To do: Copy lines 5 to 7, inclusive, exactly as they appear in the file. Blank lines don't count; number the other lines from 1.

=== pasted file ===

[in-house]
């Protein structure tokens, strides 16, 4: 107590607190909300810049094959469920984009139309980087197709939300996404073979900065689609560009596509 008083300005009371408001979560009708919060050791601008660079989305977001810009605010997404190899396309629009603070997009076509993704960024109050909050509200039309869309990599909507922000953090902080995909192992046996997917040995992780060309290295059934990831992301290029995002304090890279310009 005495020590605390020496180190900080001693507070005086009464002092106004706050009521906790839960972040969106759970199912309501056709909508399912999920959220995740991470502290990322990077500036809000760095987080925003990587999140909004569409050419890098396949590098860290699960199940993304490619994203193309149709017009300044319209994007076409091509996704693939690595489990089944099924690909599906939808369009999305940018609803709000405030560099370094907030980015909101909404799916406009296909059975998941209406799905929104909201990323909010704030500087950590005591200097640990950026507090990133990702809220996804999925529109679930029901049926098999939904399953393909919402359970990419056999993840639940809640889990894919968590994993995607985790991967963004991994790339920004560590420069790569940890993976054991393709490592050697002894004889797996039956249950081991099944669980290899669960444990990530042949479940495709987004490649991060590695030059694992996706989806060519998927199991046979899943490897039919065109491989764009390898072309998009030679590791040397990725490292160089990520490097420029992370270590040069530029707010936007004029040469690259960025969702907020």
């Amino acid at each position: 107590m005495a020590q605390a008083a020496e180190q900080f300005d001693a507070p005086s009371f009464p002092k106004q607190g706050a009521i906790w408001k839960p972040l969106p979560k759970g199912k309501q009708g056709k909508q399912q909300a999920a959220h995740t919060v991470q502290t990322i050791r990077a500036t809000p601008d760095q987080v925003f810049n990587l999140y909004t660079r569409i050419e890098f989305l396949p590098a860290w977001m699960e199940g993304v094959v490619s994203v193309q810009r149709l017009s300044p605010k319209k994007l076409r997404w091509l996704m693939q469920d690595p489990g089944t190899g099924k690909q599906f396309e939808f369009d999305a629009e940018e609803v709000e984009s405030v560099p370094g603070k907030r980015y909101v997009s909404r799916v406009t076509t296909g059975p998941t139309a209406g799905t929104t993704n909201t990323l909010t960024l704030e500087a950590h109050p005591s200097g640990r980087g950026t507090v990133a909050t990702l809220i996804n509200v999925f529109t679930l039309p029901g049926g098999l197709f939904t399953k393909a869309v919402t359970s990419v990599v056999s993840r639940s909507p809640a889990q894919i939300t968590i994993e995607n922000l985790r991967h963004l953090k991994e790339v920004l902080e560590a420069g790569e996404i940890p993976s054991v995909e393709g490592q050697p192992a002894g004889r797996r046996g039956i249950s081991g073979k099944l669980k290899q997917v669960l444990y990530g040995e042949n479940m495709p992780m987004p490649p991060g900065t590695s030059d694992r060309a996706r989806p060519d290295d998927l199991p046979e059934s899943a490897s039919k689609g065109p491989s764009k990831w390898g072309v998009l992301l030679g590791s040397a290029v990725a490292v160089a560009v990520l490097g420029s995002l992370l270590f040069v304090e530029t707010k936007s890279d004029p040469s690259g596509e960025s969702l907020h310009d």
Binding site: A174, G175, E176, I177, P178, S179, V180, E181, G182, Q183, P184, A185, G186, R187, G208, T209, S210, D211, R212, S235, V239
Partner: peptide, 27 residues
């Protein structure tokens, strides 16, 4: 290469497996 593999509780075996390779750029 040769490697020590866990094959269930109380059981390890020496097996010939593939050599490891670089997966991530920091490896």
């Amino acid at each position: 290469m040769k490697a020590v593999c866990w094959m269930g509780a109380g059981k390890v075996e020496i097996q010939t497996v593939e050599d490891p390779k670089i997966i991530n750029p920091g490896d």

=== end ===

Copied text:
Partner: peptide, 27 residues
């Protein structure tokens, strides 16, 4: 290469497996 593999509780075996390779750029 040769490697020590866990094959269930109380059981390890020496097996010939593939050599490891670089997966991530920091490896």
């Amino acid at each position: 290469m040769k490697a020590v593999c866990w094959m269930g509780a109380g059981k390890v075996e020496i097996q010939t497996v593939e050599d490891p390779k670089i997966i991530n750029p920091g490896d």